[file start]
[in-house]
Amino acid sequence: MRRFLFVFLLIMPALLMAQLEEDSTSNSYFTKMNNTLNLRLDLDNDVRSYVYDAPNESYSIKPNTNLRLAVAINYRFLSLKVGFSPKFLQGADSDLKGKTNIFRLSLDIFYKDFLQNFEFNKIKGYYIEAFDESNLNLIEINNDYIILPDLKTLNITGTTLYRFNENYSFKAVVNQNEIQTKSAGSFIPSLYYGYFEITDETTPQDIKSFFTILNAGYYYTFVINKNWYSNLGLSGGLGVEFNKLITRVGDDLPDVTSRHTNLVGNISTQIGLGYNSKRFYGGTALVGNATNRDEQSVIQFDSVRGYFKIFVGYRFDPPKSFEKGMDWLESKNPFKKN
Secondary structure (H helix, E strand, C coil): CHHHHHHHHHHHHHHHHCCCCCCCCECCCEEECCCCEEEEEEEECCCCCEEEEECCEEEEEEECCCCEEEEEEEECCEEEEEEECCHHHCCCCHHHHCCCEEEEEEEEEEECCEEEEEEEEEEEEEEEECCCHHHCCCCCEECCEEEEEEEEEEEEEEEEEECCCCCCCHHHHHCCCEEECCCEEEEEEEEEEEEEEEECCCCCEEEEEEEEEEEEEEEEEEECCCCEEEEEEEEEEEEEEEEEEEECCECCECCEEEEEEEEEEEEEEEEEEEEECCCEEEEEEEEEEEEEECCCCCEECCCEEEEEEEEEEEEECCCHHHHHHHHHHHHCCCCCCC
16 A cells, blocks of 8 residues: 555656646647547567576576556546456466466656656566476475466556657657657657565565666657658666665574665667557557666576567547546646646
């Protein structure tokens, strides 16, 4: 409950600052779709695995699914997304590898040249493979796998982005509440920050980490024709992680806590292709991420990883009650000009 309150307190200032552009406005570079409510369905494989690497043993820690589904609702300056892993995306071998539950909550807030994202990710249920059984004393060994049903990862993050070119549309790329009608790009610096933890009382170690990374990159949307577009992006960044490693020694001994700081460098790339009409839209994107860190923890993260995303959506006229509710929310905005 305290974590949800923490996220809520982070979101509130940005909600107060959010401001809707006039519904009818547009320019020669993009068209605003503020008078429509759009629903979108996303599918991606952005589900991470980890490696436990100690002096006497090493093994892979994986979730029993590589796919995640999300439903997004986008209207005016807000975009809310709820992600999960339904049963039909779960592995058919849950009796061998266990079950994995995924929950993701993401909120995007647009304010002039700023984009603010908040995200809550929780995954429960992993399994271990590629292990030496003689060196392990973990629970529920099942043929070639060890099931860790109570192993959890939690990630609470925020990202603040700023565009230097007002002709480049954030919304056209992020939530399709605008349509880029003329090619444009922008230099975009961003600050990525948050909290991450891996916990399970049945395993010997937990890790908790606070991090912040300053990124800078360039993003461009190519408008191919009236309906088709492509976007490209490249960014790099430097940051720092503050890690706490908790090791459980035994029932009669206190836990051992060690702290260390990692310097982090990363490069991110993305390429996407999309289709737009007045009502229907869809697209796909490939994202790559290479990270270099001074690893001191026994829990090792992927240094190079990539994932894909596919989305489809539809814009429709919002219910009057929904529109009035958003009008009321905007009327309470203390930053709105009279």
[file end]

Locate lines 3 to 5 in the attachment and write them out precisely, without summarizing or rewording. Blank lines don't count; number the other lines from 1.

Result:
Secondary structure (H helix, E strand, C coil): CHHHHHHHHHHHHHHHHCCCCCCCCECCCEEECCCCEEEEEEEECCCCCEEEEECCEEEEEEECCCCEEEEEEEECCEEEEEEECCHHHCCCCHHHHCCCEEEEEEEEEEECCEEEEEEEEEEEEEEEECCCHHHCCCCCEECCEEEEEEEEEEEEEEEEEECCCCCCCHHHHHCCCEEECCCEEEEEEEEEEEEEEEECCCCCEEEEEEEEEEEEEEEEEEECCCCEEEEEEEEEEEEEEEEEEEECCECCECCEEEEEEEEEEEEEEEEEEEEECCCEEEEEEEEEEEEEECCCCCEECCCEEEEEEEEEEEEECCCHHHHHHHHHHHHCCCCCCC
16 A cells, blocks of 8 residues: 555656646647547567576576556546456466466656656566476475466556657657657657565565666657658666665574665667557557666576567547546646646
């Protein structure tokens, strides 16, 4: 409950600052779709695995699914997304590898040249493979796998982005509440920050980490024709992680806590292709991420990883009650000009 309150307190200032552009406005570079409510369905494989690497043993820690589904609702300056892993995306071998539950909550807030994202990710249920059984004393060994049903990862993050070119549309790329009608790009610096933890009382170690990374990159949307577009992006960044490693020694001994700081460098790339009409839209994107860190923890993260995303959506006229509710929310905005 305290974590949800923490996220809520982070979101509130940005909600107060959010401001809707006039519904009818547009320019020669993009068209605003503020008078429509759009629903979108996303599918991606952005589900991470980890490696436990100690002096006497090493093994892979994986979730029993590589796919995640999300439903997004986008209207005016807000975009809310709820992600999960339904049963039909779960592995058919849950009796061998266990079950994995995924929950993701993401909120995007647009304010002039700023984009603010908040995200809550929780995954429960992993399994271990590629292990030496003689060196392990973990629970529920099942043929070639060890099931860790109570192993959890939690990630609470925020990202603040700023565009230097007002002709480049954030919304056209992020939530399709605008349509880029003329090619444009922008230099975009961003600050990525948050909290991450891996916990399970049945395993010997937990890790908790606070991090912040300053990124800078360039993003461009190519408008191919009236309906088709492509976007490209490249960014790099430097940051720092503050890690706490908790090791459980035994029932009669206190836990051992060690702290260390990692310097982090990363490069991110993305390429996407999309289709737009007045009502229907869809697209796909490939994202790559290479990270270099001074690893001191026994829990090792992927240094190079990539994932894909596919989305489809539809814009429709919002219910009057929904529109009035958003009008009321905007009327309470203390930053709105009279």